Postmortem analyses of the long, eventful career of Senator John McCain have often touched on his turbulent relationship with his political party. Yes, he was the GOP presidential nominee in 2008, but in 2000 he earned many intraparty enemies while coming close to upsetting the overwhelming candidate of the party Establishment and the conservative movement, George W. Bush, and ruffled many Republican feathers again after the election of Donald Trump.
Between his two presidential campaigns, however, McCain went through a period of such intense estrangement from his party and its president that he flirted with the idea of leaving it. It’s all but forgotten now, but had McCain taken one of two tempting gambles, it might have changed 21st-century political history in unpredictable ways.
The first occasion occurred shortly after that first presidential defeat, as Politico recalled last year:
In secret negotiations with then-Senate Democratic leader Tom Daschle, McCain plotted how he would depart the GOP. He was furious over the way the party establishment had treated him in the 2000 race for the Republican presidential nomination against the eventually victorious George W. Bush. And within weeks of Bush’s swearing-in as president in 2001, McCain told Daschle that he was looking for a way out of the GOP, probably by declaring himself an independent—a move that would have thrown control of the otherwise 50-50 Senate to the Democrats. The negotiations got far enough, Daschle later told me, that the two men discussed the logistics of the news conference at which McCain would make the announcement. “We came very close,” Daschle said.
As it happened, Jim Jeffords switched parties, giving the Democrats control of the Senate, making a McCain deal much less urgent. And then 9/11 came along, and like most politicians, McCain swallowed his grievances against Bush for a while.
Those grievances didn’t go away, though, and as John Kerry began to nail down the 2004 Democratic nomination, his close relationship with McCain (they had bonded over measures to normalize relations with Vietnam, where both men had so famously served, and in McCain’s case, been imprisoned) led to growing rumors that they might outflank Bush decisively by running on the same ticket. In later years, McCain always got irritated when he was asked how far discussions about that possibility proceeded. Nobody doubted there were staff-level talks about it. But here’s what Kerry says about it now (in an advance copy I received of his soon-to-be-released memoir, Every Day Is Extra):
At the highest level of my campaign we had been approached by one of the people closest to John McCain. He suggested that John might be open to joining me. It was at least interesting—super-complicated, but interesting. I thought it shouldn’t be dismissed out of hand….
On a number of issues, from campaign finance reform to climate change to standing up to HMOs on behalf of patients, John McCain had very publicly broken with the White House. And I knew he had no patience for the lies about my military service. In fact, he had already defended me against the first attacks in the late spring, before the GOP made “Swift Boating” a big strategy and put huge money behind it. John could potentially have changed the electoral map, I believe, putting Arizona and Colorado in play. He was tested. He was tough. There were people around John who thought he would want the job, and they pressed me to consider him, in a way that made me think John was very interested. But in the end, despite the two of us sitting together a couple of times one-on-one and “talking about it without talking about it,” John couldn’t get over the hurdle of tearing up what had for him been a bumpy but lifetime association with the Republican Party. In essence, we flirted but we never went on a date.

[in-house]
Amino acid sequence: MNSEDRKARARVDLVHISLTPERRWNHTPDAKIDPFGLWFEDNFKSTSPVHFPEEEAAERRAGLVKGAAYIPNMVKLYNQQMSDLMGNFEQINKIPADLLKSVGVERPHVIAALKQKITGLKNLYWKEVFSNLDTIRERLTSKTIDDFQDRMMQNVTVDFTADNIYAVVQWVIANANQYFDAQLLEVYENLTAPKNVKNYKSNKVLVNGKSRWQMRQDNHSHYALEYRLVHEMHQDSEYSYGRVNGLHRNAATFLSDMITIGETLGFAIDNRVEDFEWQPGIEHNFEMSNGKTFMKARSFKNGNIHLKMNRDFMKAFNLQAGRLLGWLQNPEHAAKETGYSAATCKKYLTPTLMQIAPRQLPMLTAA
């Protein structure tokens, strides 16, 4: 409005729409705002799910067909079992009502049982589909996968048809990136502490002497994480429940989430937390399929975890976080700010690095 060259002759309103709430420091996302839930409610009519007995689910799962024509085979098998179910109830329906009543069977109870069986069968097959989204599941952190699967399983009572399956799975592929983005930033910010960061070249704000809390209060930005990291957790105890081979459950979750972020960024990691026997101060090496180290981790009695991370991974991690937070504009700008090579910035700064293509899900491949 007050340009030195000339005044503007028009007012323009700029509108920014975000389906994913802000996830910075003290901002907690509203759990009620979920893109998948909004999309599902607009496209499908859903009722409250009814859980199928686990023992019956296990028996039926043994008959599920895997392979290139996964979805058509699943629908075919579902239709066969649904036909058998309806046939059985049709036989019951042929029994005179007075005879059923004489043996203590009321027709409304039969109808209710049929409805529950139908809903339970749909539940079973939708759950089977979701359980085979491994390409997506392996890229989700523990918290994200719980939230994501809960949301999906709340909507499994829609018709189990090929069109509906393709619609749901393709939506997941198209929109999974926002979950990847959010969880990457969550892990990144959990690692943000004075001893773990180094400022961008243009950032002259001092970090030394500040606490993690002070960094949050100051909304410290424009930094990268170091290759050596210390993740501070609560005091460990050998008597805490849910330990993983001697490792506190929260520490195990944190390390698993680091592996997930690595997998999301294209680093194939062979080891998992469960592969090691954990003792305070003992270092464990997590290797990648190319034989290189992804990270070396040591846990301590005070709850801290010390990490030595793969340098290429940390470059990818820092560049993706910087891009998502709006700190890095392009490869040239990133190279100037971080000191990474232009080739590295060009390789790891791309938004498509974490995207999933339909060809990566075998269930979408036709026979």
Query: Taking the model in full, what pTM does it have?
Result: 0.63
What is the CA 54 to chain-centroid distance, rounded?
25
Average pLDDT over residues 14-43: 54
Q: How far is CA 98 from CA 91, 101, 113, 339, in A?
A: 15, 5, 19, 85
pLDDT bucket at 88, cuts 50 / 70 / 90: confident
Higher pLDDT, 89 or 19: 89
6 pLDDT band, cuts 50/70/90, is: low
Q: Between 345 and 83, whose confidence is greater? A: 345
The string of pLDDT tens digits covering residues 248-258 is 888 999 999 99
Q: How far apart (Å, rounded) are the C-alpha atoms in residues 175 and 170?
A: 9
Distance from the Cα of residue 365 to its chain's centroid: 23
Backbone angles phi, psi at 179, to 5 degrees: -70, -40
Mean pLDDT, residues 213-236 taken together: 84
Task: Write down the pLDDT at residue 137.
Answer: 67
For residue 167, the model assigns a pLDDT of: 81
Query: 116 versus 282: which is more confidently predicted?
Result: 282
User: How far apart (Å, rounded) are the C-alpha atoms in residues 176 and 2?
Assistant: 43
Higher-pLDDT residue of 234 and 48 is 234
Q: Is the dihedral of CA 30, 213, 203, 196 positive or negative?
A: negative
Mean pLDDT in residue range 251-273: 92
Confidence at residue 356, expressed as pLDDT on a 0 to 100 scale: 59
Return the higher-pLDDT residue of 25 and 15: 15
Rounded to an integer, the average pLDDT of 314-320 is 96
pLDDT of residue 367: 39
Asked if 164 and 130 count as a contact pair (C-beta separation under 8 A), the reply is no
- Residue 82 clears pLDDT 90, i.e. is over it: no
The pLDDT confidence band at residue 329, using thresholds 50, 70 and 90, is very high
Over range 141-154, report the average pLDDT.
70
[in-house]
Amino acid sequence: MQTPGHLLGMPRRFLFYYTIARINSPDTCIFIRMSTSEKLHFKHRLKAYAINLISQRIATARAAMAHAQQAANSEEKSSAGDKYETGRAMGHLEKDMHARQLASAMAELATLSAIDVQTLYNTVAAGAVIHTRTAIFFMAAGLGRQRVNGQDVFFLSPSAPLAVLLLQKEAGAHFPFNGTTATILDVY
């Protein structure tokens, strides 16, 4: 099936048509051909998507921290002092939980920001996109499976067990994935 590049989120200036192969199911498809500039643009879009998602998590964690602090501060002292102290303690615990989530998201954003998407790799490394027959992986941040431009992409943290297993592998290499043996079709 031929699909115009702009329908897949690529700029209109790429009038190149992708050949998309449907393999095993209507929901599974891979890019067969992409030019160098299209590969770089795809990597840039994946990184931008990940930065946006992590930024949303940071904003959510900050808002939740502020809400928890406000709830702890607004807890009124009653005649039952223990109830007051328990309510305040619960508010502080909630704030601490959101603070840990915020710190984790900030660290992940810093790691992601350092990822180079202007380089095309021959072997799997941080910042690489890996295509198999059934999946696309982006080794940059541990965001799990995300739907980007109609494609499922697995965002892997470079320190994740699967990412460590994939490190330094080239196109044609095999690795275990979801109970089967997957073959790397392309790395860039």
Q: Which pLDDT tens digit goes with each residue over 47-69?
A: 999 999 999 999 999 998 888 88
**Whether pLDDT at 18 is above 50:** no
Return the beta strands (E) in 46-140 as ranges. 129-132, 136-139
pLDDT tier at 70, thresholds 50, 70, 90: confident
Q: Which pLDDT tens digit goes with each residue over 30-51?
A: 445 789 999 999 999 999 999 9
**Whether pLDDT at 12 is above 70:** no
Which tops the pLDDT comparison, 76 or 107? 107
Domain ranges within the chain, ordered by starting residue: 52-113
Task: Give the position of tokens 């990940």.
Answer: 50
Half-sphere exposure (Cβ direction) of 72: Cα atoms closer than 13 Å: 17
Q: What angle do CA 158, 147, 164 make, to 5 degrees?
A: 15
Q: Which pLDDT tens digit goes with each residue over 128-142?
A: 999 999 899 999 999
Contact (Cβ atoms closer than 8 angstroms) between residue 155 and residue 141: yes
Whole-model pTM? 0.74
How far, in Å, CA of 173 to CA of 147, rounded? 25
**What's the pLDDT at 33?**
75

It’s pretty clear McCain could have worked things out with Kerry if he had wanted to, and a poll in late May showed the two men leading Bush and Cheney by 14 points. But McCain backed away and soon endorsed the incumbent. It’s fascinating to think of how politics might have changed had McCain gone the other way.
McCain finally won the 2008 GOP presidential nomination after what amounted to a systematic repudiation of the bipartisan habits that made a Kerry-McCain ticket seem plausible four years earlier. As the Nation acerbically observed at the time:
[A]lmost everything that caused so many pundits to lose their heads and hearts to McCain during his first campaign has been jettisoned in the interests of securing the nomination of a party that is demanding–and securing–his fealty to one extremist position after another.
But he did at least consider one final mind-bending challenge to his party’s orthodoxies, according to every account of the 2018 election, including this one from the New York Times the day after he made his Veep selection:
For weeks, advisers close to the campaign said, Mr. McCain had wanted to name as his running mate his good friend Senator Joseph I. Lieberman of Connecticut, the Democrat turned independent. But by the end of last weekend, the outrage from Christian conservatives over the possibility that Mr. McCain would fill out the Republican ticket with Mr. Lieberman, a supporter of abortion rights, had become too intense to be ignored.
Facing a floor fight at the GOP convention, McCain knuckled under, and went with a very different kind of “maverick” and “game-changer,” Sarah Palin.
After 2008, McCain settled down and chose to remain, until the very end, an occasionally uncomfortable presence in the GOP rather than someone determine to change it or leave it. It is interesting, albeit fruitless, to speculate about the impact the Arizonan might have had if he had taken one crucial step beyond his party’s boundaries.